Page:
“The way a child discovers the world constantly replicates the way science began. You start to notice what’s around you, and you get very curious about how things work. How things interrelate. It’s as simple as seeing a bug that intrigues you. You want to know where it goes at night; who its friends are; what it eats.” ~David Conenberg
My mantra the past several years has become: Teaching the youth good habits is far easier than asking them to break bad habits when they are older.
Indeed, children are our future stewards, and exposing them to the natural world is not only fun, but also our responsibility. It’s far easier, and more exciting, to care and protect things that we know about and are meaningful to us!
It’s amazing how children are truly a product of their surroundings and upbringings. For example, my mother is deathly allergic to bees, and has been absolutely terrified of them since the first time she was stung and rushed to the hospital. This fear for her is somewhat understandable, as she has a life-threatening reaction to the venom. However, I grew up watching this response in my mother and became terrified of bees as well, jumping and screaming whenever one came near me. It wasn’t until my mid-twenties that I started examining this unspoken communication, these signals my mother was sending me, and decided I would no longer fear bees. Instead, I remain calm when a bee is near, send it my loving energy and ask it kindly to move onto the next best thing. In turn, my daughter Hadlie has been watching my peaceful reaction to the bees, and responds exactly the same way. She laughs at her friends, and even her grandmother, when they get panicky with the first site of a bee. She tells them, “It won’t hurt you, just relax so you don’t scare it, or it might sting you!” (She is so wise.)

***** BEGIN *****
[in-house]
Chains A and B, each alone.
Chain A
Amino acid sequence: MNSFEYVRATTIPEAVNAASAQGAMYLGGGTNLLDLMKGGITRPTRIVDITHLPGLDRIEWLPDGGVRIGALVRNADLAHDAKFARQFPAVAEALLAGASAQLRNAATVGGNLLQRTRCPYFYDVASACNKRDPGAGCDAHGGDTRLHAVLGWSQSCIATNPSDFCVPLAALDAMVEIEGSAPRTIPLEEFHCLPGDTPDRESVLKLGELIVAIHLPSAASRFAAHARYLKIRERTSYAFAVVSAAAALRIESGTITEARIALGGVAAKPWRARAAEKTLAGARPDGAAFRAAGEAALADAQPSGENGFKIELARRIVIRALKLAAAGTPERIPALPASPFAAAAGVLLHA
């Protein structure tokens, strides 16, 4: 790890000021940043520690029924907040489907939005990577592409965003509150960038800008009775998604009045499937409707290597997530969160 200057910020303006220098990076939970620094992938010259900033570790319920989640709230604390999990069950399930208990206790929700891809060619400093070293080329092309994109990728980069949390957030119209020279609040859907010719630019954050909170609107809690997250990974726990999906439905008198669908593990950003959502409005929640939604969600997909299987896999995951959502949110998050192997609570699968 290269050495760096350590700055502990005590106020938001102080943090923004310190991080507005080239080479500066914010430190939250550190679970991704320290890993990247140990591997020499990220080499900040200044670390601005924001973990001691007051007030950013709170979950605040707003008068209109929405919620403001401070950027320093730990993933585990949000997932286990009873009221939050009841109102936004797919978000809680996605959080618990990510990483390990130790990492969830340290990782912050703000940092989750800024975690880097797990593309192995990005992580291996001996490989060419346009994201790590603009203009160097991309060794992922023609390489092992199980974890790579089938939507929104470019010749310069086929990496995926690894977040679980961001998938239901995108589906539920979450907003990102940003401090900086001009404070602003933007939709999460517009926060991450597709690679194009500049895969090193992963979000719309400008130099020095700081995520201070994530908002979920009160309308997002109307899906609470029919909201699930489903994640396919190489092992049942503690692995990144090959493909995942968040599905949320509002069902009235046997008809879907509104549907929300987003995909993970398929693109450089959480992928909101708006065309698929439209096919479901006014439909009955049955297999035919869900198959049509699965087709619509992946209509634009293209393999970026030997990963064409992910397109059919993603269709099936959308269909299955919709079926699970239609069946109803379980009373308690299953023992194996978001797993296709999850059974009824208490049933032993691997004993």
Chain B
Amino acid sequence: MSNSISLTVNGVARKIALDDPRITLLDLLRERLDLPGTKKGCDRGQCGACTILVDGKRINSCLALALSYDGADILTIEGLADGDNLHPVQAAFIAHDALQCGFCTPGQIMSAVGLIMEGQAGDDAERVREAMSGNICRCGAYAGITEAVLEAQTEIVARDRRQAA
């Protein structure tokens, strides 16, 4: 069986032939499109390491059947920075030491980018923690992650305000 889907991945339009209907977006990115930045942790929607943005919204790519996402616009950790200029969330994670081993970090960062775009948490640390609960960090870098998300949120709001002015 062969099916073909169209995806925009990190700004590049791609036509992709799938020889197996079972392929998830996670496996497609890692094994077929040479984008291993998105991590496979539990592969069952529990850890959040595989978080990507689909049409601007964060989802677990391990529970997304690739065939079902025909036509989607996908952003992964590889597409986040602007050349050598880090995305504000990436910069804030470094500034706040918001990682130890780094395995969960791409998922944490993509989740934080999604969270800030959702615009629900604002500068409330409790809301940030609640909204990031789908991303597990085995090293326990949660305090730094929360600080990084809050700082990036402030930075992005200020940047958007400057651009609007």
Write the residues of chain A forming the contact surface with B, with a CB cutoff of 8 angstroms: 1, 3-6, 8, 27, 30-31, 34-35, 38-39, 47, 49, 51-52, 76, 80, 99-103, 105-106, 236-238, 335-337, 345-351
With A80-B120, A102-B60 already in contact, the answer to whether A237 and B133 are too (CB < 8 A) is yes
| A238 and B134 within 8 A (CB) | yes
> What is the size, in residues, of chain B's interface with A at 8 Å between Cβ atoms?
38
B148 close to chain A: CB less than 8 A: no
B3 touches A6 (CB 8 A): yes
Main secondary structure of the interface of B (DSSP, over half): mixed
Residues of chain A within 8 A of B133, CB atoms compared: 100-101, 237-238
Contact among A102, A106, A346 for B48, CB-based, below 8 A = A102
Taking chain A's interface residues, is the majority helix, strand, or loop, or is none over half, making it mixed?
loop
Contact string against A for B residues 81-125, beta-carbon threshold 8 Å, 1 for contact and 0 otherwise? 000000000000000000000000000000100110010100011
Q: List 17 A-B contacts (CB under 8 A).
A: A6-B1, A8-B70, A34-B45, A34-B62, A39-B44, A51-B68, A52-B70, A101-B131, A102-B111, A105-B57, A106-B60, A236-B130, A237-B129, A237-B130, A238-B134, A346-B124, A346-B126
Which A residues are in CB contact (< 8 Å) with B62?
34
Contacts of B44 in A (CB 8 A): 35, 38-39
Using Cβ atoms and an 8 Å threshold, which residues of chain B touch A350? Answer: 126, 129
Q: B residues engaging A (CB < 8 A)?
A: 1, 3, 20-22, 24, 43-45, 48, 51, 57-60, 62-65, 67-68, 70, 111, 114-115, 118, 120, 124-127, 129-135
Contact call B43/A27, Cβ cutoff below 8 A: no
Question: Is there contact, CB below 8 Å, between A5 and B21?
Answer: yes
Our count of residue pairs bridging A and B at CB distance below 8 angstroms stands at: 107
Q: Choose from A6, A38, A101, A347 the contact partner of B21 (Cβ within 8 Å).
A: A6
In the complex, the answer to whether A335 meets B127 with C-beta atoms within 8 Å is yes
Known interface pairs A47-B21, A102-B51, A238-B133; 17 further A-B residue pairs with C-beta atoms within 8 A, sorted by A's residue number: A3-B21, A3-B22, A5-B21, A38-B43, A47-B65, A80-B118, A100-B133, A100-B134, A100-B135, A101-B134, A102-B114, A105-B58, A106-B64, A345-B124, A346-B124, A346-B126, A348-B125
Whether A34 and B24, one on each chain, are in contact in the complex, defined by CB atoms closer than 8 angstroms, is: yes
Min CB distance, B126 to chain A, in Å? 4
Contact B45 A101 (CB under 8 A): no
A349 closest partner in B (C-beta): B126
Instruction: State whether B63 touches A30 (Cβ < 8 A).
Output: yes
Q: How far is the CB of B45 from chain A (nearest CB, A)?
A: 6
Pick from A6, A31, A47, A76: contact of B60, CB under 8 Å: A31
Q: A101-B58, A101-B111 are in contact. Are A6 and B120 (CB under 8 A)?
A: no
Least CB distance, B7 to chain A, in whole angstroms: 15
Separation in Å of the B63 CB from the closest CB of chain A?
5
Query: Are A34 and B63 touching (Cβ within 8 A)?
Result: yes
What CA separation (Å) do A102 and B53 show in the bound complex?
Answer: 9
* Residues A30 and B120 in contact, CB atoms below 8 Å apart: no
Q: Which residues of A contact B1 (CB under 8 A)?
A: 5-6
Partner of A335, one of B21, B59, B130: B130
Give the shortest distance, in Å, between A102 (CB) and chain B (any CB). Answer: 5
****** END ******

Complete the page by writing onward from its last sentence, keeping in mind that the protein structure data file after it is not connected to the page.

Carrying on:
My daughter’s affection for critters expands to numerous taxonomy, all winning her gentle touch. At our last home, my daughter would run out to the car every morning before we left for the day, to “rescue” all the snails that for some reason, would hang out near the wheels of my Subaru. She didn’t want any of them to get squished, so she would gently place them in the garden, (where they had plenty to eat of course)!
My father has enjoyed vermicomposting (worm composting) for years. When we visit my family, Hadlie is right out there with grandpa feeding and sorting the worms and looking after them. Whenever we go for hikes, camping trips, or even play in the backyard, my daughter seems to notice and find the most interesting bugs! She will hold them, examine them, maybe build them a home out of moss and twigs. She had an entire complex for those snails she loved so much, complete with yoga studio, grocery store, fine dining restaurant, and a special room for “mating.” (I have taken a plethora of biology classes; she knows about reproduction).
We both don’t care for critters in our home, but we could never kill anything. Instead, we “capture” the spiders (usually the culprit) and release them outside. (Okay, so maybe spiders aren’t my “favorite animal,” but I would never let on!)
I’m so thankful that I have been able to instill in my daughter a love and appreciation for all the living things on this planet, and I am sure she will pass that same mindset of gentleness, caring and love to her own children one day. After all, life is about attitude, and choice.